Data Science Altitude for This Article: Base Camp I’m going to have to put a brief pause on putting content out for the blog. I’ve been offered a position as a Data Scientist and will need to relocate. So there’s going to be a bit where I’m dealing with a move and some time getting proficient with my new employer’s tech stack. Upon return, I’m going to arrange some thoughts on the job interview process.
Data Science Altitude for This Article: Camp Two. As we concluded our last post, we used Azure ML Studio to attach a Logistic regression model to some data for a hypothetical electrical grid (11 predictor variables). We had a first look at the output which scores whether our response variable as adequately predicted, and promised a dive into the scoring. We’ll get to that, but first I’d like to put together another, competitive model to compare and contrast to our Logistic regression efforts.
Data Science Altitude for This Article: Camp Two. Splitting the Data Azure ML Studio gives us a handy way to split our data and provides some alternatives in doing so. I’ll mark 80% of our data for use in training the model, and 20% to use in scoring it with an eye towards which model is better when encountering new data. With our split of categories to predict being roughly 60/40, there’s little to gain from ensuring that the division of data into 80% train / 20% test keeps to a consistent 60/40 split along those category percentages.
Data Science Altitude for This Article: Camp Two. Our prior posts set the stage for access to MS Azure’s ML Studio and got us rolling on data loading, problem definition and the initial stages of Exploratory Data Analysis (EDA). Let’s finish off the EDA phase so that in our next post, we can get to evaluating the first of two models we’ll use to forecast stability - or the lack thereof - for a hypothetical electrical grid.
Data Science Altitude for This Article: Camp Two. We left our prior post with covering what’s involved for you to set up a Microsoft Account, a survey of your access options (Quick Evaluation / Most Popular / Enterprise Grade), and a brief and basic tour of the Azure ML Studio Interface. We’re going to head there shortly and get a big whiff of the drag-and-drop catnip, but first, let’s discuss the particular problem I’d like to throw at it and set the stage for the next several posts.
Data Science Altitude for This Article: Camp Two. While working my way through the code in Wei-Meng Lee’s excellent Python Machine Learning, I ran into Chapter 11, titled Using Azure Machine Learning Studio. Sporting a drag-and-drop interface, you can tackle many Data Science problems without the need to write a line of code. You’re not absolved from knowing why you’re doing what you’re doing, of course, but you can try out some problem-solving proofs-of-concept in short order.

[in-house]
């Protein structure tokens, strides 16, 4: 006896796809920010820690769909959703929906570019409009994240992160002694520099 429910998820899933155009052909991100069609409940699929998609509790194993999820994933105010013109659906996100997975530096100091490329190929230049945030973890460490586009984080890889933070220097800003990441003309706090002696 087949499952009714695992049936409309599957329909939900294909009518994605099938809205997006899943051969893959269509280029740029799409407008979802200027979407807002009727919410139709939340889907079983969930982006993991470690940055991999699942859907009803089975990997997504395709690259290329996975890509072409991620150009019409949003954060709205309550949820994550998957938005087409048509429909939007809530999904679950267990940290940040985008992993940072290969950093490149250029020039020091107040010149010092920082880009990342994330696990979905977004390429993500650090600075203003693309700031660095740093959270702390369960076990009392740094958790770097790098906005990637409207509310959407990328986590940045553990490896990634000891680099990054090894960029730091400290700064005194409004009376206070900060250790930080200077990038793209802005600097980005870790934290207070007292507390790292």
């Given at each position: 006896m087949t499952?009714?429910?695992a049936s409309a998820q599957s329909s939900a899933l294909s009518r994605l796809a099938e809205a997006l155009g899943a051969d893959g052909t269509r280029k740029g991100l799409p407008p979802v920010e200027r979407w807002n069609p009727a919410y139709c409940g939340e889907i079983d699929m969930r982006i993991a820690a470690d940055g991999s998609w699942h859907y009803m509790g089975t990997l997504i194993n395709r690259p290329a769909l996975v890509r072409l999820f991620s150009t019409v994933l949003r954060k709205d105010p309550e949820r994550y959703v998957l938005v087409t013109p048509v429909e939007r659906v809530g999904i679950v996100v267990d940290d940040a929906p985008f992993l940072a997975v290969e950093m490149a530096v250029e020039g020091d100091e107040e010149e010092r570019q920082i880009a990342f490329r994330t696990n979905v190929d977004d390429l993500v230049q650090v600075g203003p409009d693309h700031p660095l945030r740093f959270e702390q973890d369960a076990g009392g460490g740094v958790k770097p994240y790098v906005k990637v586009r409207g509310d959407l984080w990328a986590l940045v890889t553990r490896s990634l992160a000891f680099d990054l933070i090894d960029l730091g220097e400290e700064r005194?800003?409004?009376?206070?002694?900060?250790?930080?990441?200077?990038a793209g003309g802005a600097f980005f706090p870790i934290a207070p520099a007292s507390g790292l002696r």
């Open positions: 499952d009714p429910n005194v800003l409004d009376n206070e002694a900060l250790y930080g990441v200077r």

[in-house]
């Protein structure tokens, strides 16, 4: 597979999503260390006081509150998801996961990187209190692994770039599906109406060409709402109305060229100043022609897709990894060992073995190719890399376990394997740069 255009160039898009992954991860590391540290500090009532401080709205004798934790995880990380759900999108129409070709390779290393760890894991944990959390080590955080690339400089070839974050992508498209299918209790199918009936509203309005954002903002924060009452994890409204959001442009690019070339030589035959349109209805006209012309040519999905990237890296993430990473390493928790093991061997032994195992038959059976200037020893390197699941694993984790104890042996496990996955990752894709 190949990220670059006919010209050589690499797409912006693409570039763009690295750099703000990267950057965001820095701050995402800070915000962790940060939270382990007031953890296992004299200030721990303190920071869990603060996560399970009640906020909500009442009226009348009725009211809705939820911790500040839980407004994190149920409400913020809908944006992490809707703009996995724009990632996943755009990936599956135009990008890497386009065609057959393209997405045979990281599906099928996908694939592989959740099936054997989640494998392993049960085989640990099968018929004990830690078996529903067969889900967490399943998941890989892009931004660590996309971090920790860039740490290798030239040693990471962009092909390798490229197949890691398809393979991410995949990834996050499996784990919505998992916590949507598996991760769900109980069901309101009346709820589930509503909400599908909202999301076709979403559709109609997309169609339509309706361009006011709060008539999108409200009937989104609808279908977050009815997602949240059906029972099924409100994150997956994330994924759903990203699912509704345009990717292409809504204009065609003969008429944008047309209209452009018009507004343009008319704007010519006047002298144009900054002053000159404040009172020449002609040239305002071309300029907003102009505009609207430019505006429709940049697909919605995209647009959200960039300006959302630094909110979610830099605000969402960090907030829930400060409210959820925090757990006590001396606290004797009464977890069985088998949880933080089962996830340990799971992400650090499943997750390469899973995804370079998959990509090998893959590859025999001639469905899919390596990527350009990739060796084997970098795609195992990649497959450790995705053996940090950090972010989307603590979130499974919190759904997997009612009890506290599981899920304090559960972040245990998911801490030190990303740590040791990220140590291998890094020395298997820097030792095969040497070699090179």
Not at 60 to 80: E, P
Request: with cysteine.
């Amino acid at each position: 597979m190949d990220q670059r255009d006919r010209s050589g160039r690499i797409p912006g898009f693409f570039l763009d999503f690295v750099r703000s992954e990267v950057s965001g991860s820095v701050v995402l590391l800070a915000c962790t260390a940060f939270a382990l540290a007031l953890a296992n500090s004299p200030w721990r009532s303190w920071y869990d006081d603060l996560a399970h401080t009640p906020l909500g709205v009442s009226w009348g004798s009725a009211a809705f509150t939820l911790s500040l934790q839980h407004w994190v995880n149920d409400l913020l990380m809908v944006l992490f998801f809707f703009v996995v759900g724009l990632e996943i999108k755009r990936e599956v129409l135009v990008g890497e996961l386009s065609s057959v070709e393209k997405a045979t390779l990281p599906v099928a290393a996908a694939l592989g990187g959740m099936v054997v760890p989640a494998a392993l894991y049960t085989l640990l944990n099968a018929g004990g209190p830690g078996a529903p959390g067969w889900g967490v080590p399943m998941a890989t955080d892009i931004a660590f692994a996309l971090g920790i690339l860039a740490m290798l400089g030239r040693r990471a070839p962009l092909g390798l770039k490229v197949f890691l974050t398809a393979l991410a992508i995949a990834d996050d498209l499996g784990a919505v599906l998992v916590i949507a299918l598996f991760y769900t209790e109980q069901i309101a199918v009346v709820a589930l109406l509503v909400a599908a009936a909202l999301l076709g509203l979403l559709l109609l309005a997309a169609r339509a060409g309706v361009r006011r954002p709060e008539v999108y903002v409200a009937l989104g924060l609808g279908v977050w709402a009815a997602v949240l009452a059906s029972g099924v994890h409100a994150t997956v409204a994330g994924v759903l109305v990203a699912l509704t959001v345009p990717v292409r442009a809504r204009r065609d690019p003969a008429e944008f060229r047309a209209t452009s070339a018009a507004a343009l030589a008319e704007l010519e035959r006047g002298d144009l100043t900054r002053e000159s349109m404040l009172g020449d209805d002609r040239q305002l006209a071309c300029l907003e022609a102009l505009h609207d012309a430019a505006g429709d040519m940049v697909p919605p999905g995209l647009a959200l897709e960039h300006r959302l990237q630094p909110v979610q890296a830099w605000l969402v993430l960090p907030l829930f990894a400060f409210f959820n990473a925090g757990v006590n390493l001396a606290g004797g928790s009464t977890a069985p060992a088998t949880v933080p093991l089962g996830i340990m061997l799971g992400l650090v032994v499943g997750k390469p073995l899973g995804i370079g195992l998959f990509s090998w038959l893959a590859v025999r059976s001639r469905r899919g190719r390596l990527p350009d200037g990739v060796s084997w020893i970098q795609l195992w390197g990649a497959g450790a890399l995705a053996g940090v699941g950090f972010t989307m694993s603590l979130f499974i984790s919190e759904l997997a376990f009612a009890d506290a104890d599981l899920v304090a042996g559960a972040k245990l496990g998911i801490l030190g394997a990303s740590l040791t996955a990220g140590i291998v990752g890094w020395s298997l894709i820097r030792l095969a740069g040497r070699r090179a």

Data Science Altitude for This Article: Camp One. If you’re a Python developer that has been thrust into an R working environment or an R developer that would like to try out Python packages and methods in the comfort of an already-familiar RStudio IDE, then Reticulate is the package for you. Using rmarkdown, you’re able to knit R and Python code blocks into a unified whole and can refer to objects across the language barrier.
Data Science Altitude for This Article: Sea Level. Just a few words here about upcoming posts - I’m doing some research on the following topics: The use of the reticulate package in R to integrate R and Python more easily into the same markdown document. Some enhancements have been made with RStudio 1.2 that are of interest. An interactive python session can be invoked, and there’s a naming convention standard for referencing objects in Python chunks that were created in Rmarkdown chunks, and vice-versa.
Data Science Altitude for This Article: Camp Two. So, all the pieces on the chessboard are in their strategic locations. We’ve identified a set of papers from which we want to identify thematic intent, taking The Federalist Papers directly from the Project Gutenberg site. We’ve cleaned them up, removing common words and metadata, and have formatted them into a DocumentTermMatrix. We then pulled that object into a Latent Dirichlet Allocation (LDA) model as defined in the topicmodels package and took a look at some of the high-level mathematics involved and the resulting object’s composition.
Data Science Altitude for This Article: Camp Two. Previously, we created a DocumentTermMatrix for the express purpose of its fitting in nicely with our upcoming LDA model formation. Here, we’ll discuss LDA in a bit of detail and dive into our findings. But first, a brief refresher on the format and content of the DT matrix. The word count for the first ten stemmed words out of the first eight documents and their aggregation for documents 9-85 are seen below: